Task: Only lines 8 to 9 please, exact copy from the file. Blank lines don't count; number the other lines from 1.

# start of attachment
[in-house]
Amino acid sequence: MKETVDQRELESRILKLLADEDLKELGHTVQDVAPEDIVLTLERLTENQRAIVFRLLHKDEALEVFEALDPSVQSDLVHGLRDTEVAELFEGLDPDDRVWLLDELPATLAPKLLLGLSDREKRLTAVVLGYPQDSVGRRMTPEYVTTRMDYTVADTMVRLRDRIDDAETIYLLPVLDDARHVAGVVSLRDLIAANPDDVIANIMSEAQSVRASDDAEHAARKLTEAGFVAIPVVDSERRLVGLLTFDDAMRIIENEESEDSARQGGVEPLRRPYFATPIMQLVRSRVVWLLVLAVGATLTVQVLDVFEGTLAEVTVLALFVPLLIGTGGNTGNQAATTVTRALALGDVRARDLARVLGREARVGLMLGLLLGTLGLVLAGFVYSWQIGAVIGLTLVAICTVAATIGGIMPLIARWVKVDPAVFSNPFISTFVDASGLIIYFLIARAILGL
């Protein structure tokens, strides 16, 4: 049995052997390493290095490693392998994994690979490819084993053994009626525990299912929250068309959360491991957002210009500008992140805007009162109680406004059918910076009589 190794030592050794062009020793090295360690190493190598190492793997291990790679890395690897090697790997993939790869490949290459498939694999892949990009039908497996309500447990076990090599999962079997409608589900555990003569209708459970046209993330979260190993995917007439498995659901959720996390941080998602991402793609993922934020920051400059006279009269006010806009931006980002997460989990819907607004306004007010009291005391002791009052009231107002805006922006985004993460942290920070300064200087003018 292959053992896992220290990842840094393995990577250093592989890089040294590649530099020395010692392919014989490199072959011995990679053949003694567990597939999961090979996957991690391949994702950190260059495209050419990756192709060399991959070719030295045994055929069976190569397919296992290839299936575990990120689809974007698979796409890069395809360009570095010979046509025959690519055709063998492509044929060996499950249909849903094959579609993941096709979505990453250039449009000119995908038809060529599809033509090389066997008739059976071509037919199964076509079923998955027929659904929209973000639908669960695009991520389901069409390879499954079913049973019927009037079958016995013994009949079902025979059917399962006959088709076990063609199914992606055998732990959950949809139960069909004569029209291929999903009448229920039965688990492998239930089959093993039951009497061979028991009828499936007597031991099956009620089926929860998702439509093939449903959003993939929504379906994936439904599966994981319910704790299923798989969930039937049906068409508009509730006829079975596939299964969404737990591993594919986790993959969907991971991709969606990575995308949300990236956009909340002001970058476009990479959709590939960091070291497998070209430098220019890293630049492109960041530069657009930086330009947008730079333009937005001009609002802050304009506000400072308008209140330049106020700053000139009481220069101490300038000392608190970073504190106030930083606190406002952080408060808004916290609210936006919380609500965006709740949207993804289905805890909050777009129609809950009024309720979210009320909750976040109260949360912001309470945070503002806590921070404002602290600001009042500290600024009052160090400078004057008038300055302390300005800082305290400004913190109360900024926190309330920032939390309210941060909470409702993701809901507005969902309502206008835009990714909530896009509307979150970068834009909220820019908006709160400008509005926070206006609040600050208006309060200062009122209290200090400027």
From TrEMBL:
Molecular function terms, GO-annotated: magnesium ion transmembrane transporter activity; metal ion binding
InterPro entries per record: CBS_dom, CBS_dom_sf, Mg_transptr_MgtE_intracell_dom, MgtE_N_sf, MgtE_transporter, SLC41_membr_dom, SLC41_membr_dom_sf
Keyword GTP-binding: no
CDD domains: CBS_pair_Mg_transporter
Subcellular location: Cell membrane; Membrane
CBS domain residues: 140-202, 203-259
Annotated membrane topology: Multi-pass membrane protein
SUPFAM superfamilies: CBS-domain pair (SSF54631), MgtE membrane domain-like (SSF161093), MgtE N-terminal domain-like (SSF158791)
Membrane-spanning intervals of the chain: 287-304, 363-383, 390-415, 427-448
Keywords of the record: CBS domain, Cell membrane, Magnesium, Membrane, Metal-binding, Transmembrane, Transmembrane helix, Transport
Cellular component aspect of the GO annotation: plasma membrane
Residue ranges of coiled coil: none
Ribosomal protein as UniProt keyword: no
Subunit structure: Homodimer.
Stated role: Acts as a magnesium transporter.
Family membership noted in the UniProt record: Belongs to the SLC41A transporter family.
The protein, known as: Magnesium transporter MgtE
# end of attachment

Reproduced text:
CDD domains: CBS_pair_Mg_transporter
Subcellular location: Cell membrane; Membrane